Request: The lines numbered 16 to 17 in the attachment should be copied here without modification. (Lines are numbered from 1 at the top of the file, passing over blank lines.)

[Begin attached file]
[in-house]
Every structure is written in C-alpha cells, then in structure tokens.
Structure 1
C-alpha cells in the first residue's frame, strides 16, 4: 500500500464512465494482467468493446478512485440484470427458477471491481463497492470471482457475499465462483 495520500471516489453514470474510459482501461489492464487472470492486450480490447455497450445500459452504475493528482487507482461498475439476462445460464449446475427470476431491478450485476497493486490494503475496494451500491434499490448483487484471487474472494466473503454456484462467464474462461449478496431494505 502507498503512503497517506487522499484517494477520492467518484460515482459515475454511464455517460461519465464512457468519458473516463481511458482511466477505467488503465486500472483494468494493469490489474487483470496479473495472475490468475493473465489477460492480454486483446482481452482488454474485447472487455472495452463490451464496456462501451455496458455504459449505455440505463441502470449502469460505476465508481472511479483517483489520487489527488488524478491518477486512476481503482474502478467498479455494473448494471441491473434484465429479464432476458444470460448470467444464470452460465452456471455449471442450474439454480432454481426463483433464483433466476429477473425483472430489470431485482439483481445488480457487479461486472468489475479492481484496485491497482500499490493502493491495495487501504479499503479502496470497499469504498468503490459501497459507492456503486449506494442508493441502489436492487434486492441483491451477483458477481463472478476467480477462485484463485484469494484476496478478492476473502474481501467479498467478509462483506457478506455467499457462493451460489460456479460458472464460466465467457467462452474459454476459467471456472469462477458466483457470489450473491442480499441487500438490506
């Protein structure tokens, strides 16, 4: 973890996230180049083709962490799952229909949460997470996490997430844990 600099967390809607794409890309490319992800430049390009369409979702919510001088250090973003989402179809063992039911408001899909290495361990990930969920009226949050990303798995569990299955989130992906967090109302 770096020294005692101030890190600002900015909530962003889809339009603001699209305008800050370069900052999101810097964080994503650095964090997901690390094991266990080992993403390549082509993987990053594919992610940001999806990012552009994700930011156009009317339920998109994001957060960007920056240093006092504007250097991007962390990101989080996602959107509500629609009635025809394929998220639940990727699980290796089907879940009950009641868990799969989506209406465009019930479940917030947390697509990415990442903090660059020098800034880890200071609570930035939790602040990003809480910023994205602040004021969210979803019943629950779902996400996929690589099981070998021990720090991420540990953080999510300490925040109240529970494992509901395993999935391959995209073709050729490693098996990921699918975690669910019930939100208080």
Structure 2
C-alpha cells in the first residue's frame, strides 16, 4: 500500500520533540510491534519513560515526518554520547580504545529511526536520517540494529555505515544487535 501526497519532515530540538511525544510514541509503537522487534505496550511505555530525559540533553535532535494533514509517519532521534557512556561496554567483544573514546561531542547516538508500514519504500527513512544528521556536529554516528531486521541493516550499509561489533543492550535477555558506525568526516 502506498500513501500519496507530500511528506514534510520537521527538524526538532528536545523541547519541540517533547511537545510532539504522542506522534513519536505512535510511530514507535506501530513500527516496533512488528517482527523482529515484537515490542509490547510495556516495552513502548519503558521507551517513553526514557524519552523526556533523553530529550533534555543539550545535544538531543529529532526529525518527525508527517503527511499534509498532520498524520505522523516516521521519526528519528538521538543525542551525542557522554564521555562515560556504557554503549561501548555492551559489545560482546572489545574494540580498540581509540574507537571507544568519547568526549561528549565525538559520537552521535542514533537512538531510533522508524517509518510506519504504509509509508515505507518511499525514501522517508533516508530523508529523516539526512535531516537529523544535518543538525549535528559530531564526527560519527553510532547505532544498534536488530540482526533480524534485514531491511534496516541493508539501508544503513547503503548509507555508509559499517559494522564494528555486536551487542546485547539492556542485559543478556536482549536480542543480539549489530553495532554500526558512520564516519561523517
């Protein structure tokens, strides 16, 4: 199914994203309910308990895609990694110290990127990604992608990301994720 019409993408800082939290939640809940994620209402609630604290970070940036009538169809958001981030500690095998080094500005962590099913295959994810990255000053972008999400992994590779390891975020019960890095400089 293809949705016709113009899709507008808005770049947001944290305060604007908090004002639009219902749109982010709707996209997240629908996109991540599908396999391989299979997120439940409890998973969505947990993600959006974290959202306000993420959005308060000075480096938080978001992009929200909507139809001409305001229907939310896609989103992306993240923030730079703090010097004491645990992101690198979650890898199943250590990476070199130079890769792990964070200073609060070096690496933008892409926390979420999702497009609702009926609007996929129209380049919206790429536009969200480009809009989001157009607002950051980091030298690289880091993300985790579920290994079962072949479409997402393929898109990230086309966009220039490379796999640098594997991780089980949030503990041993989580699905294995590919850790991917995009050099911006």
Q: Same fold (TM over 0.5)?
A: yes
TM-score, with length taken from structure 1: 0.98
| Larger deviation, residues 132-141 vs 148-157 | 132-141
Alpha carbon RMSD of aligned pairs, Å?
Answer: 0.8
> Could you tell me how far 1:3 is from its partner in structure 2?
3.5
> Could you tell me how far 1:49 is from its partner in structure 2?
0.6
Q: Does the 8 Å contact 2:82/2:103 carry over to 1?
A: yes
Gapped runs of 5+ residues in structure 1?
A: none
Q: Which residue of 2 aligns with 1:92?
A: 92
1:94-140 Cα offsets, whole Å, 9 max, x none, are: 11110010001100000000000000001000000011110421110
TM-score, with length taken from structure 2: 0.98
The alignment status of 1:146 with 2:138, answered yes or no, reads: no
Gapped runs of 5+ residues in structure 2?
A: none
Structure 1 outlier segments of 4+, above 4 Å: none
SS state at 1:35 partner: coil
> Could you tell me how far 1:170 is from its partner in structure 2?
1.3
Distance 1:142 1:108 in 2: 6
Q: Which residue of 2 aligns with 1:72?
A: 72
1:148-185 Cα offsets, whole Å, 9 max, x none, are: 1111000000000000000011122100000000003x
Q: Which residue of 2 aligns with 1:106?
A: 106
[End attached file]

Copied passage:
3.5
> Could you tell me how far 1:49 is from its partner in structure 2?